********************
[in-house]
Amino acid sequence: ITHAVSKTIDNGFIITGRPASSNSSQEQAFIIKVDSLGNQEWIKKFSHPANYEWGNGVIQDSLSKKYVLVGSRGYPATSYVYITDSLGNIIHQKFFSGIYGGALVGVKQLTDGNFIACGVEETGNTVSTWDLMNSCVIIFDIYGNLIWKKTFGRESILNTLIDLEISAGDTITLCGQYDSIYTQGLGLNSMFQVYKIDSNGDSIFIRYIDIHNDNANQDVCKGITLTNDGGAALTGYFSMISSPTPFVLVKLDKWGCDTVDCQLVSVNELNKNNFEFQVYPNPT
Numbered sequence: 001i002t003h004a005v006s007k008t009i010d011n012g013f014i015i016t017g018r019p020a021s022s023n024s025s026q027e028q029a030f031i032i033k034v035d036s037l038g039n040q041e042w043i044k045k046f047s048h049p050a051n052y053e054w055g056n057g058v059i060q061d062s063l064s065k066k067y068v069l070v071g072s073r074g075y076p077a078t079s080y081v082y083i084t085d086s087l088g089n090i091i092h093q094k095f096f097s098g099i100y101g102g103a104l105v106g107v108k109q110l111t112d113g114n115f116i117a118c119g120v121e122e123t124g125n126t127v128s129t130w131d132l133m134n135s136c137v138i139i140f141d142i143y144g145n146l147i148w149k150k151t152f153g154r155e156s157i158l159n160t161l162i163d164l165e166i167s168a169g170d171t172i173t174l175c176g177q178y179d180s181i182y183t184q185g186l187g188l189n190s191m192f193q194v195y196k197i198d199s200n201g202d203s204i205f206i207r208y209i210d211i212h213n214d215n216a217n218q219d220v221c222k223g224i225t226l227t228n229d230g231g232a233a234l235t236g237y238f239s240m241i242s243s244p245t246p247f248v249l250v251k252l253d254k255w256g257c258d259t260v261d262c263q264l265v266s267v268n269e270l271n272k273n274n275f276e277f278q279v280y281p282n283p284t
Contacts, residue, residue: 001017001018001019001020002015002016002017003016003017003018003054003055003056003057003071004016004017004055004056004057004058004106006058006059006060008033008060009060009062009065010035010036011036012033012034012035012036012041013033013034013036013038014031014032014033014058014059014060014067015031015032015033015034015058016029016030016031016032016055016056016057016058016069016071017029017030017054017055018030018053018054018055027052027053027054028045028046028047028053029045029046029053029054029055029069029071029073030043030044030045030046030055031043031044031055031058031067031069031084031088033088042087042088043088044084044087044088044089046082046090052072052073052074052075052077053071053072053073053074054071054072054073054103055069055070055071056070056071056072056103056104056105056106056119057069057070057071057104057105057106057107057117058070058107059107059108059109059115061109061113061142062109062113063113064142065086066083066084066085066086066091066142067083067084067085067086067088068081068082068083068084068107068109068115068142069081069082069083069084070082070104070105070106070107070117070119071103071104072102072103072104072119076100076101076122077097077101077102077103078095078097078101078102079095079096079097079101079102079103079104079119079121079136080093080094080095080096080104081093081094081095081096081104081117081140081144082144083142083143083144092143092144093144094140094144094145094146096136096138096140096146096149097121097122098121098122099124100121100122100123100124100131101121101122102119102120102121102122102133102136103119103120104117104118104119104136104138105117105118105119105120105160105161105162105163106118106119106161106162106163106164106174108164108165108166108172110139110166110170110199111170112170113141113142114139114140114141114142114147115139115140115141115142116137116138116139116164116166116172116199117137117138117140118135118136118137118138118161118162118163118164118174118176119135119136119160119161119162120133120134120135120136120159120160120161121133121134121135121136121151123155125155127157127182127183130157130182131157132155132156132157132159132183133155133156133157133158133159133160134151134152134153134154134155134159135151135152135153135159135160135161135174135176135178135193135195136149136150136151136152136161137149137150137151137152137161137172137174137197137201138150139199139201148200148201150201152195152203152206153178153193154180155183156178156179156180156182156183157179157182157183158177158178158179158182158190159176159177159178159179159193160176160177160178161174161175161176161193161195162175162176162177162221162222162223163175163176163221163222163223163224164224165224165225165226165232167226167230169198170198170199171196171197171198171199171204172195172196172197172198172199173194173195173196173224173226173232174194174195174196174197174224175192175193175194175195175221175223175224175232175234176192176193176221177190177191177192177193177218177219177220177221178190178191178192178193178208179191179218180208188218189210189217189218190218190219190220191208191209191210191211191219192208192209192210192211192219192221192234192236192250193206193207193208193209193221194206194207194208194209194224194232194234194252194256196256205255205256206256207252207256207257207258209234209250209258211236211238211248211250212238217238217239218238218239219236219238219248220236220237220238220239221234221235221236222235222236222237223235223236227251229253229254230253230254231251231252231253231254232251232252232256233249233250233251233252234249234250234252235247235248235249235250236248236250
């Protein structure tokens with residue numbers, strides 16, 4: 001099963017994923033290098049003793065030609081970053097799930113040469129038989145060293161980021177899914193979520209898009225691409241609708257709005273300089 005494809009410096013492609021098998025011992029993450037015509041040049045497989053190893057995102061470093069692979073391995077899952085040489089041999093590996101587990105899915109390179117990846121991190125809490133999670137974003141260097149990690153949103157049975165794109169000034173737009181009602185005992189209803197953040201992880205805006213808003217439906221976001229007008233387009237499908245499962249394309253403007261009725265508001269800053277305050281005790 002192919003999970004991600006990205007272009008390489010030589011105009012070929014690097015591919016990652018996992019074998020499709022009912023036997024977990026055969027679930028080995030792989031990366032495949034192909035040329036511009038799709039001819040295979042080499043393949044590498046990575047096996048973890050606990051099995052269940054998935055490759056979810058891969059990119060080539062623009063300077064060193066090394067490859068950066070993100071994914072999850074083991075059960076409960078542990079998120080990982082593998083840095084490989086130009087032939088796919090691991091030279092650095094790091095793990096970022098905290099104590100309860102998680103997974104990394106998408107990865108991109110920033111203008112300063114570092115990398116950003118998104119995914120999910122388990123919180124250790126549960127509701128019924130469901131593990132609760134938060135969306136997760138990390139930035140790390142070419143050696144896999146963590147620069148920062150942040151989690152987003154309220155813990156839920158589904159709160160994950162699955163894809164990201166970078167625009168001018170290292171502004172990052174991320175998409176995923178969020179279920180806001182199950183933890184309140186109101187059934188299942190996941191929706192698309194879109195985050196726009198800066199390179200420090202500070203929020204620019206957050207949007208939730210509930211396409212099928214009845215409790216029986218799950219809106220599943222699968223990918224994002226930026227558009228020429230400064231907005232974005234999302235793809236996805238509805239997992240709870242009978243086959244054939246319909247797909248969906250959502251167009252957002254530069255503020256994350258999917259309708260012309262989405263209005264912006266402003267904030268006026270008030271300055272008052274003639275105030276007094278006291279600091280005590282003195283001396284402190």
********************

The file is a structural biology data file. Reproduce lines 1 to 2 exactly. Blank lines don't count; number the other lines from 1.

[in-house]
Amino acid sequence: ITHAVSKTIDNGFIITGRPASSNSSQEQAFIIKVDSLGNQEWIKKFSHPANYEWGNGVIQDSLSKKYVLVGSRGYPATSYVYITDSLGNIIHQKFFSGIYGGALVGVKQLTDGNFIACGVEETGNTVSTWDLMNSCVIIFDIYGNLIWKKTFGRESILNTLIDLEISAGDTITLCGQYDSIYTQGLGLNSMFQVYKIDSNGDSIFIRYIDIHNDNANQDVCKGITLTNDGGAALTGYFSMISSPTPFVLVKLDKWGCDTVDCQLVSVNELNKNNFEFQVYPNPT